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The Psychology of Color

Many of us don’t realize how brand colors impact a viewer’s visual senses and emotional feelings. Since we’re in the holiday season, lets examine the color RED. Like all colors, red has both positive and negative connotations. Either way, it’s designed to attract your attention.

Why red’s hot. It’s deemed the warmest of all colors. Red is energetic, powerful, exciting, and aggressive. It suggests confidence, courage, and strength. Extroverts love it. Red is passionate, intense, and stimulates desire. (February 14 comes to mind.) In China, red is a good luck color and represents happiness and prosperity.

What it says about you. If you like red, then you’re probably outgoing (or aspire to be). You’re ambitious, restless, and possibly unaware of your own shortcomings. You have a zest for life, but are likely impulsive. Your cup is always half full and you become bored easily—which means you’ve probably stopped reading this by now.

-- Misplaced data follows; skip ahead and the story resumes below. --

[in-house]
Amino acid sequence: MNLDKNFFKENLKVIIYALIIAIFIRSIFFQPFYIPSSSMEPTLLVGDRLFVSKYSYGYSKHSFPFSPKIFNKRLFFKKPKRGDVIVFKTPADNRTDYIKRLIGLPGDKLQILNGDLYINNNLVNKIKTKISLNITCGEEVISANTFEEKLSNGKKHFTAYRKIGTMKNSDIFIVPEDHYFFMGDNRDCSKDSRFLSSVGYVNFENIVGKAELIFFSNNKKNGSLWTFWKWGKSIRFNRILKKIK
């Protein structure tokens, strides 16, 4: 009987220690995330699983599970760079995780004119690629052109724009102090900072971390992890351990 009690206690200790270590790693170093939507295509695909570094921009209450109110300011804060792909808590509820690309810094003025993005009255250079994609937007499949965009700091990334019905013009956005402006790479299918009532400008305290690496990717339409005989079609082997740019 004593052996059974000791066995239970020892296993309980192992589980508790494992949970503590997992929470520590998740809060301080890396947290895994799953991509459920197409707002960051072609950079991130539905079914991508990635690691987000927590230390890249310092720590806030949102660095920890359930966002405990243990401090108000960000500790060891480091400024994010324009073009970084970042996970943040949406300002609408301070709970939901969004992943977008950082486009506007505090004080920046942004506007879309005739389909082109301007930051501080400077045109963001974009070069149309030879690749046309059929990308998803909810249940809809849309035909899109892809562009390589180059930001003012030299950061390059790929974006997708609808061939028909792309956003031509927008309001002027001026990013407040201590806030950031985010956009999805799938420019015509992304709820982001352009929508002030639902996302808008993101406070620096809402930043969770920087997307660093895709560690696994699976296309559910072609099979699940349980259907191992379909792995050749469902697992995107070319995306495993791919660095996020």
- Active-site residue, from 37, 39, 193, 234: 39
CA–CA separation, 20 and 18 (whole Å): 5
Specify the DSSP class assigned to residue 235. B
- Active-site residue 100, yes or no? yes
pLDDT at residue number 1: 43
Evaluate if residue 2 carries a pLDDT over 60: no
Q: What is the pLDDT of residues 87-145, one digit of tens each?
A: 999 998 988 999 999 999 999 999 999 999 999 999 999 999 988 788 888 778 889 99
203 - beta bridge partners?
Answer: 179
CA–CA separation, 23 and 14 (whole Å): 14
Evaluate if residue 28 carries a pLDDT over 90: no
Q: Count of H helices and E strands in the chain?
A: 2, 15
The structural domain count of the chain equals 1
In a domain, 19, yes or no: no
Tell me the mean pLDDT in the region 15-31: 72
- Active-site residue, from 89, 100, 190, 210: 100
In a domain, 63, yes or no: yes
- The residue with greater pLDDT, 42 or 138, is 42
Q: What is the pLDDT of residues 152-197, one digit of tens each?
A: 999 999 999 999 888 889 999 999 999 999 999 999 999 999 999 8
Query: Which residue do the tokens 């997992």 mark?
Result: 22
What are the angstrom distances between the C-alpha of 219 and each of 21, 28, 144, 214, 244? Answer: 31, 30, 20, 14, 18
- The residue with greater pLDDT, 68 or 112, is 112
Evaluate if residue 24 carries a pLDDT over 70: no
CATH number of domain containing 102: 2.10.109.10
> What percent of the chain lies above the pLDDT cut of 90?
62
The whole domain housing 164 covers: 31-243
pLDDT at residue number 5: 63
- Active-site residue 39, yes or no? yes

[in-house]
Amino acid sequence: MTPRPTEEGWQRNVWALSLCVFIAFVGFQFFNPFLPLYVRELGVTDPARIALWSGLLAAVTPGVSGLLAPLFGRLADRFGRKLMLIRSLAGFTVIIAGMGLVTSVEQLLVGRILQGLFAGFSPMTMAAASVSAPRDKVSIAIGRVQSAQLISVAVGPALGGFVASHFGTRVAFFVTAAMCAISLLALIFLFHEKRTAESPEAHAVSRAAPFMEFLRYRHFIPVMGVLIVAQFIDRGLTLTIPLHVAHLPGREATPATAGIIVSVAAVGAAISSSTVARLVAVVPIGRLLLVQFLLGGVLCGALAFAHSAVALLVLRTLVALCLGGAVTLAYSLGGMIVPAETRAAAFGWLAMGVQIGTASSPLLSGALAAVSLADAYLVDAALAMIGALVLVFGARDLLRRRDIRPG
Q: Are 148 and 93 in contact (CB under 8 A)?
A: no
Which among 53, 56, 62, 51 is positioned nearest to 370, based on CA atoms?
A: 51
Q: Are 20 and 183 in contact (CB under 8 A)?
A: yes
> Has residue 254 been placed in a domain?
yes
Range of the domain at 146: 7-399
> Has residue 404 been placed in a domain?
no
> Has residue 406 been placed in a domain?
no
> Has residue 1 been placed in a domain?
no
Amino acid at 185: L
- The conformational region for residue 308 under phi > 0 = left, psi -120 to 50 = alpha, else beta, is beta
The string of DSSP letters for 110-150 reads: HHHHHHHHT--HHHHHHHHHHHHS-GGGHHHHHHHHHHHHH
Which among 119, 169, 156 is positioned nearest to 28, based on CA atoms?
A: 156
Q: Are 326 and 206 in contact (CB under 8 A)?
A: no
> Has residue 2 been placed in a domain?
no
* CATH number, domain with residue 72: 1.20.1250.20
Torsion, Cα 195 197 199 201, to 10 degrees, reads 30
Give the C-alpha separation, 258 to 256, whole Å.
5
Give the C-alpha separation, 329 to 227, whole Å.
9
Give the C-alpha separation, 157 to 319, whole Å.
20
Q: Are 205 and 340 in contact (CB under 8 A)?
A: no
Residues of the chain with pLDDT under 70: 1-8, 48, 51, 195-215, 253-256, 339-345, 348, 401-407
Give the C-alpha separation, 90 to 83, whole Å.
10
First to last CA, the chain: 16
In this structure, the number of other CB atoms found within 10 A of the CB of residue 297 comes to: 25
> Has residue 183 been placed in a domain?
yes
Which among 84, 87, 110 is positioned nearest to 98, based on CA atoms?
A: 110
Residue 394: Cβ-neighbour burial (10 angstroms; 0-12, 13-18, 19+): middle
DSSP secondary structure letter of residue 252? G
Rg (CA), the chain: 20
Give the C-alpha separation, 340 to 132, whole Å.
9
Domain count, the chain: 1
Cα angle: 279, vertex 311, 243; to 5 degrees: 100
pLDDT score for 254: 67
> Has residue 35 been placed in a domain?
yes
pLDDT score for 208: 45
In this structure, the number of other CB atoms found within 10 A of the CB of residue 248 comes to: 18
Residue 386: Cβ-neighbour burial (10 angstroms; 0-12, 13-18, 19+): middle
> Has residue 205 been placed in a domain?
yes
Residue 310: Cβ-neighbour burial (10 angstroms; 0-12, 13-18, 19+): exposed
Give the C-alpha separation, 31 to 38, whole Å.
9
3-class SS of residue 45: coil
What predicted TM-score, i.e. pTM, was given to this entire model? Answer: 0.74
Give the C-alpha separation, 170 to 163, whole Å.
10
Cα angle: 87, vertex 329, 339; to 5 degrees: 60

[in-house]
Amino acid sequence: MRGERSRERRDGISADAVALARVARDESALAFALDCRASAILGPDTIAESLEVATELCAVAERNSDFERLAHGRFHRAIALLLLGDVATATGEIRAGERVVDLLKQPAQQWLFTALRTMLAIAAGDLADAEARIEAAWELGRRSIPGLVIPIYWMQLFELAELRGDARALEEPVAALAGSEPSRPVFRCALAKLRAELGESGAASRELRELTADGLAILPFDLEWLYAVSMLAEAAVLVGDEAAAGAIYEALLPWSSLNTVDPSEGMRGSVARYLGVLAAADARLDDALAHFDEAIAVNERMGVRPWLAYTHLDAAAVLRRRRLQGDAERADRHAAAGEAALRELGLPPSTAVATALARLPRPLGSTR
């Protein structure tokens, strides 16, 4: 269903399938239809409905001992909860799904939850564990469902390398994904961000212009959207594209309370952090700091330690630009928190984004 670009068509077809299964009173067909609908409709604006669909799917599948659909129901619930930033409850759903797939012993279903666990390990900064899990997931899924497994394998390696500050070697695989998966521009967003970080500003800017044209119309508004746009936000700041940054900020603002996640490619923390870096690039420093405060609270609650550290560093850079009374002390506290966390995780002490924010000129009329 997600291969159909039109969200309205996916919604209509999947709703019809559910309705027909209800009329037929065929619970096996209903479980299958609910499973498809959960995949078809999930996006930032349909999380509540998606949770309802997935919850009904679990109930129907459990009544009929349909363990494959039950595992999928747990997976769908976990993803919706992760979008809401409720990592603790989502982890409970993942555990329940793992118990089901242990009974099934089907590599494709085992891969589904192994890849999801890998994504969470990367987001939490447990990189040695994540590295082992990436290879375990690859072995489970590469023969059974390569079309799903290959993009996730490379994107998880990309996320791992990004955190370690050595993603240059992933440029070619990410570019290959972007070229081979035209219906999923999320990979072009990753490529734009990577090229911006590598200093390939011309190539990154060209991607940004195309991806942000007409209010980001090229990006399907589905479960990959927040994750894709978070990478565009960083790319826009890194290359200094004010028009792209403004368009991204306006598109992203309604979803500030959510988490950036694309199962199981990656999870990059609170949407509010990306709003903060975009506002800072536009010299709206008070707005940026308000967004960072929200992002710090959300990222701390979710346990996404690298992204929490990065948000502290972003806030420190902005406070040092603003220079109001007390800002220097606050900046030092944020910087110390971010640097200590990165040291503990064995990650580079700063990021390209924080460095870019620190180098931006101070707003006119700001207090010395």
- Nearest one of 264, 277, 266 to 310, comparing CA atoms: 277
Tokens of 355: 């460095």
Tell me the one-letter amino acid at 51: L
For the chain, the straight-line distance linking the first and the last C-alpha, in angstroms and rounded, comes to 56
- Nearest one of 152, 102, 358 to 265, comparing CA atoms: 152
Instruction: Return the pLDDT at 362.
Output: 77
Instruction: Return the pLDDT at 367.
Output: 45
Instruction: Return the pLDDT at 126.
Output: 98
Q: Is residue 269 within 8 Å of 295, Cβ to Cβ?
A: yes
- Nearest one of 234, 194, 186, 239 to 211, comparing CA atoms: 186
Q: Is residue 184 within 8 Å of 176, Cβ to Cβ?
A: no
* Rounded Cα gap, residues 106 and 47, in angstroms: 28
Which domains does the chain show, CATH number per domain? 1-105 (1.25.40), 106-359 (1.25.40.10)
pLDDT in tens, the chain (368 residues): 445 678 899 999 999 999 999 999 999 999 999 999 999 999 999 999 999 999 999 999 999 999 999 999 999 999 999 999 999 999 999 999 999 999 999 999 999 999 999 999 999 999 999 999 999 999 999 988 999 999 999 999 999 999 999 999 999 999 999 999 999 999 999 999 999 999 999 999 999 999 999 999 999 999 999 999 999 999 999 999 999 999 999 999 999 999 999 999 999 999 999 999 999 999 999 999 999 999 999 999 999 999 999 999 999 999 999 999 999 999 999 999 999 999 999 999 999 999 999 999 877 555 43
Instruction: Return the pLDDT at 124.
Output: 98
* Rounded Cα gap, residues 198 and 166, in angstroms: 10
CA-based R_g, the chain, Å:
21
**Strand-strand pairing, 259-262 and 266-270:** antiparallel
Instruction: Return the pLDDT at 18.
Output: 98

So what’s not to like about red? It can mean danger—think fire trucks and stop signs—or it can be used to represent anger and violence. “In the red,” “red herring,” or just plain “red flag” all have negative meanings in our society. The devil is rendered in red (but then, so is cupid) and, depending on where you live, it may mean you’re a communist. Red roses may be beautiful, but they also have thorns which, if you’re not careful…

Who’s seeing red? It’s not the most favorite color of either men or women, ranking about third or fourth for both genders. Familiar consumer brands that roll out the red carpet are Coca Cola, Target, Knoll, Nintendo, Colgate, Jack in the Box, Ferrari, and Texaco. And while there’s lots of reds in the Pantone color guide, I’ve always felt PMS 185 was the reddest of reds.



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